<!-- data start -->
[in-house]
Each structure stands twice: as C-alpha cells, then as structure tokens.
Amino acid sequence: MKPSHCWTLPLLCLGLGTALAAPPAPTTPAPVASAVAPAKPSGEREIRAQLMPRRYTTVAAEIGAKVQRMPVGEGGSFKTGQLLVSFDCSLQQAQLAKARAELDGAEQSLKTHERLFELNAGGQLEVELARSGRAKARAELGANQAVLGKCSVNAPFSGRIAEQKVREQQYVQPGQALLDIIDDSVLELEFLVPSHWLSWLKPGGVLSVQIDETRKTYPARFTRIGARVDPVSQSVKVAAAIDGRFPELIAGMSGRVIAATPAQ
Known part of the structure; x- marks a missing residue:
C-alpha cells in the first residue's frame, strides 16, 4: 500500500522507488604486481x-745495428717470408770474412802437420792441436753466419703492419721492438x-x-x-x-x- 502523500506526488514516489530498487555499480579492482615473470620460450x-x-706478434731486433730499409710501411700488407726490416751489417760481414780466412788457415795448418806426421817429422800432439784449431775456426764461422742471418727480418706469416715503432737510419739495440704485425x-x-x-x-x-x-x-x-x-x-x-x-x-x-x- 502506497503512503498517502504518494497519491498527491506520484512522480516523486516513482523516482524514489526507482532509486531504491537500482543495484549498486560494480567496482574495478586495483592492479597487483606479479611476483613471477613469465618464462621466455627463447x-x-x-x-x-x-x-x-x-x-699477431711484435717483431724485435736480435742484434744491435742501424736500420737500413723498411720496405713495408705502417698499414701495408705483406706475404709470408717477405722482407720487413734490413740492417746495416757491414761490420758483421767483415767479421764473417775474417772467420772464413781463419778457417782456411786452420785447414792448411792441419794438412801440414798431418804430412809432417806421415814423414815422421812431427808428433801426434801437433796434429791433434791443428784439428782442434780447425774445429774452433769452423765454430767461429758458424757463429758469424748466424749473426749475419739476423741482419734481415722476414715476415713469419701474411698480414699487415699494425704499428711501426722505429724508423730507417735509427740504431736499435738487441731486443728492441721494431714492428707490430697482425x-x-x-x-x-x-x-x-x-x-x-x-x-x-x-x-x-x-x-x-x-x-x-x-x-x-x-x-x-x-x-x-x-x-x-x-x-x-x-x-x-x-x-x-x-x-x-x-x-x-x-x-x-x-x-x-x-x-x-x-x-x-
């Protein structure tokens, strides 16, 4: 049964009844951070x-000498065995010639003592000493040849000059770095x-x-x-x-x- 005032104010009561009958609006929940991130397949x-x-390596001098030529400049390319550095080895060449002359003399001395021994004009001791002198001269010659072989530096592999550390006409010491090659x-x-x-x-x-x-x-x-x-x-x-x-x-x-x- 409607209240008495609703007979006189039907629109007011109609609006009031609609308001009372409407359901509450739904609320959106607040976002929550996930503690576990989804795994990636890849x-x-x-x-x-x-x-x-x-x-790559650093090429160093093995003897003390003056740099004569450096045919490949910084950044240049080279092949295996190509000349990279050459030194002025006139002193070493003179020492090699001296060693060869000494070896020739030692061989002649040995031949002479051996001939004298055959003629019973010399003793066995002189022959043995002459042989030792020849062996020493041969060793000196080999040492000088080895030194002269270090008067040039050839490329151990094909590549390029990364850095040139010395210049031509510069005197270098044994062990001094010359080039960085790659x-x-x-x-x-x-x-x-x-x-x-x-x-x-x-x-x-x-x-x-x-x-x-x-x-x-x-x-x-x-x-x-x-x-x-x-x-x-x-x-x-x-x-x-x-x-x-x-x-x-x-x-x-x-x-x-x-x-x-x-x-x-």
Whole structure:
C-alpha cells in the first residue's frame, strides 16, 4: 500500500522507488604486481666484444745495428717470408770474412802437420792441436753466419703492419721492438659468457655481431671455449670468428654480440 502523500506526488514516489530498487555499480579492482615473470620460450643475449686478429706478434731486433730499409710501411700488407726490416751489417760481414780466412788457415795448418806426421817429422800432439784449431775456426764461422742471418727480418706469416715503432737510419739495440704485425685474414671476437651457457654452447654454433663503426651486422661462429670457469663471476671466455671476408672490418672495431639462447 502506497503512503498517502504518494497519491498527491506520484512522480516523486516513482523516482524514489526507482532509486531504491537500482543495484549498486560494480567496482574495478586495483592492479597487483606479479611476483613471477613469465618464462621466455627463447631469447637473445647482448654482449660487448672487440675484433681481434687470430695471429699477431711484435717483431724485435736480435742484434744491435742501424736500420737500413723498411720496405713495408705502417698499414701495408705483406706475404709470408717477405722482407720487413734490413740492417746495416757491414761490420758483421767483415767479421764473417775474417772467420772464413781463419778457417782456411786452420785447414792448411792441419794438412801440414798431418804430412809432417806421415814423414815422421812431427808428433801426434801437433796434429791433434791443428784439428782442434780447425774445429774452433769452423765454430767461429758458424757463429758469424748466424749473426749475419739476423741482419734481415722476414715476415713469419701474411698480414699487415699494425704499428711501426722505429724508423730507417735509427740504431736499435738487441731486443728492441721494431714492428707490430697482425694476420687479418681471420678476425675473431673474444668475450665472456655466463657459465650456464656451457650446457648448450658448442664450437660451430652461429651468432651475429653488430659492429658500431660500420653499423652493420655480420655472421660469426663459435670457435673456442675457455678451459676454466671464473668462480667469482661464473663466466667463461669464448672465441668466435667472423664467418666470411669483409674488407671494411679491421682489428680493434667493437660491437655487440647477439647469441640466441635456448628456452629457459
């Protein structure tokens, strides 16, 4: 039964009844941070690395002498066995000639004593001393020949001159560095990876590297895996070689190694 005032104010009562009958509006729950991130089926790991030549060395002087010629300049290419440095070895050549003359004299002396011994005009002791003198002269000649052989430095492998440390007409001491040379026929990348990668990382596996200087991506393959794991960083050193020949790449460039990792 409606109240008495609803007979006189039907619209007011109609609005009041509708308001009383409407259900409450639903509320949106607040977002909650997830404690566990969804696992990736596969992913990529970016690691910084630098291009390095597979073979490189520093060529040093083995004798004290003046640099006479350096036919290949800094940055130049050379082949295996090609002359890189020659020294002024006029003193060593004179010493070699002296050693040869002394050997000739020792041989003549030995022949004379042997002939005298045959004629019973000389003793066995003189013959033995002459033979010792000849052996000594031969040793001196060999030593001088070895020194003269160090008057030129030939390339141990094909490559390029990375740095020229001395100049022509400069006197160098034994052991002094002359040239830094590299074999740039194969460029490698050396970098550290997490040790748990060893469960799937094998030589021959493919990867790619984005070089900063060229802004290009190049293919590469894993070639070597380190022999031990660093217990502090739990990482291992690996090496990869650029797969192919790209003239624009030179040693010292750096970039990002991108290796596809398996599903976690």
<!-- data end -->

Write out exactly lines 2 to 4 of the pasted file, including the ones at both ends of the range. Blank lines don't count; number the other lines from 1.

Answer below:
Each structure stands twice: as C-alpha cells, then as structure tokens.
Amino acid sequence: MKPSHCWTLPLLCLGLGTALAAPPAPTTPAPVASAVAPAKPSGEREIRAQLMPRRYTTVAAEIGAKVQRMPVGEGGSFKTGQLLVSFDCSLQQAQLAKARAELDGAEQSLKTHERLFELNAGGQLEVELARSGRAKARAELGANQAVLGKCSVNAPFSGRIAEQKVREQQYVQPGQALLDIIDDSVLELEFLVPSHWLSWLKPGGVLSVQIDETRKTYPARFTRIGARVDPVSQSVKVAAAIDGRFPELIAGMSGRVIAATPAQ
Known part of the structure; x- marks a missing residue: